It’s also important to note that the fall of the USSR wasn’t exactly one singular event or revolution. The Soviet Union had been spiraling towards collapse for many years, so it wasn’t like a flipping a lightswitch. When Gorbechev came into power, there was already food rationing going on. He would eventually have a series of major reforms under his belt before the dissolution was even official. Many new freedoms had been introduced, glasnost/perestroika, voluntary reduction of their nuclear arsenal, not to mention the 1989 revolutions that were going on all around Russia.

My point is, all these things happened before the the official declaration, which, I believe, greatly cushioned the blow for a lot of people. Rioting generally only occurs as a reaction to sudden change, not gradual change.

That said, there were certainly many protests, often numbering in the thousands. Most were relatively peaceful, but there were some that got out of hand. IIRC, in Latvia, there was an unorganized coup that actually took over some of the government buildings for a while.

Of course, I left out the most important thing, which is that in Russia the fall of the Soviet Union was precipitated by a coup attempt in August 1991. The coup leaders theoretically acted “to preserve the achievements of perestroika,” but they were too poorly-prepared to construct any kind of meaningful alternative to the process of gradual liberalization and disintegration. They were also visibly drunk on TV. There were massive protests, the coup leaders resigned, Yeltsin stood on a tank, and within a couple of months the Soviet Union was gone.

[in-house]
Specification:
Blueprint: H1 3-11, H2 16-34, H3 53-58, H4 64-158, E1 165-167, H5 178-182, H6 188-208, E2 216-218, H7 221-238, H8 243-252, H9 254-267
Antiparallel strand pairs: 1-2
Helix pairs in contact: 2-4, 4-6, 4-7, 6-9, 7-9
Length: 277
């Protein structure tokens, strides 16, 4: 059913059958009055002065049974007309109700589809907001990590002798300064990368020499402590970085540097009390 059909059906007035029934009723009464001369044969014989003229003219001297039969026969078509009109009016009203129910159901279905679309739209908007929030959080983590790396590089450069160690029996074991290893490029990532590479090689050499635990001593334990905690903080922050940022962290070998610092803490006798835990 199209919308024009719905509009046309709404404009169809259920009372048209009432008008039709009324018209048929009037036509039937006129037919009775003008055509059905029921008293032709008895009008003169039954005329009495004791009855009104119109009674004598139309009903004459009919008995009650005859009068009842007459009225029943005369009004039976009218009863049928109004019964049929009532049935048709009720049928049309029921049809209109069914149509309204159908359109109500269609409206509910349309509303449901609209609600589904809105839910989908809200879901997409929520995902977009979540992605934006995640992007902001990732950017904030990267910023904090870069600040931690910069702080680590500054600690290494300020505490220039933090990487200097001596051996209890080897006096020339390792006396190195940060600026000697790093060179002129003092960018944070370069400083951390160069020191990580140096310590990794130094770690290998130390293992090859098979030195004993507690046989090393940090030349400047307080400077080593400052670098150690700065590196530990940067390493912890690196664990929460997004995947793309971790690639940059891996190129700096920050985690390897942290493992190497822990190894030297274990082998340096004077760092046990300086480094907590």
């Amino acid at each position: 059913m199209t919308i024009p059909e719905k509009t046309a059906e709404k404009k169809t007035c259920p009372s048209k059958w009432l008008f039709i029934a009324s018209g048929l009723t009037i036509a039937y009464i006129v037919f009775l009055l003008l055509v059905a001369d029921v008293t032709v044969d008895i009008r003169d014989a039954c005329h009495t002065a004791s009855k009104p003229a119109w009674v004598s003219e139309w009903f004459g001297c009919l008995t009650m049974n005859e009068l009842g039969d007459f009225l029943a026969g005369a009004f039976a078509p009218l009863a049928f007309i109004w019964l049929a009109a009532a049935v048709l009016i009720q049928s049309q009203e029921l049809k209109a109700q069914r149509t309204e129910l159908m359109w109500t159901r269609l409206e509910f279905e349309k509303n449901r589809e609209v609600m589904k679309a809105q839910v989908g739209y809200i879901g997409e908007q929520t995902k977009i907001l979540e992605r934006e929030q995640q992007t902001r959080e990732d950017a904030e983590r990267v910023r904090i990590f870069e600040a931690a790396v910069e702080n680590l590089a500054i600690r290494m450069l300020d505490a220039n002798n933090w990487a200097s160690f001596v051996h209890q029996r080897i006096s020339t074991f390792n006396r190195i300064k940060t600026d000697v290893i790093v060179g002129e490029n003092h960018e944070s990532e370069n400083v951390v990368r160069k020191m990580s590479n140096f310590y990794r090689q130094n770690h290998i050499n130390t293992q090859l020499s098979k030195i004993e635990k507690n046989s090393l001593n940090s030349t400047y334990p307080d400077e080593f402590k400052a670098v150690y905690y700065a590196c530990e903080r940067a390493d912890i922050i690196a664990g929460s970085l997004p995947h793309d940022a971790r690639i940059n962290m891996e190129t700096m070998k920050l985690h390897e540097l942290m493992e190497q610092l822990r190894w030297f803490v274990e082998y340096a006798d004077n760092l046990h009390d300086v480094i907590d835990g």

1 year ago

Burning of Alexa

I’m sorry to detract form your comment but this event wasn’t really significant. The Library at Alexandria is often pointed to as a magical place but it was really only one of many substantial libraries. The “burning” didn’t really have a huge impact.

Here’s a quote from Tim O’Neal: source[1]

While the idea that the world would somehow be vastly different if the Great Library had been preserved is a cute one, it has very little basis. Firstly, the size of the Library was greatly exaggerated by ancient writers, with fanciful numbers of the books in it ranging from 400,000 (Seneca) to 700,000 (Gellius). Some modern writers have taken these numbers seriously, but there is no way the Library could have housed anything like this number of books. It is far more likely that its collection numbered in the tens of thousands of scrolls, which still made it the largest library in the ancient world.

But the idea that the loss of the Great Library somehow set back human progress by centuries is not based simply on the size of the collection but also on the idea that it was somehow unique and that it contained works not found elsewhere. There is no evidence to support this. As far as we can ascertain, the Library’s collection included more or less the same kind of works we find elsewhere in the ancient world. And there is nothing in those works to indicate that the Greeks and Romans were somehow on the verge of some kind of scientific or technological revolution. So the idea that the loss of the Library’s collection somehow led to the loss of unique advanced information found nowhere else in the world is pure fantasy.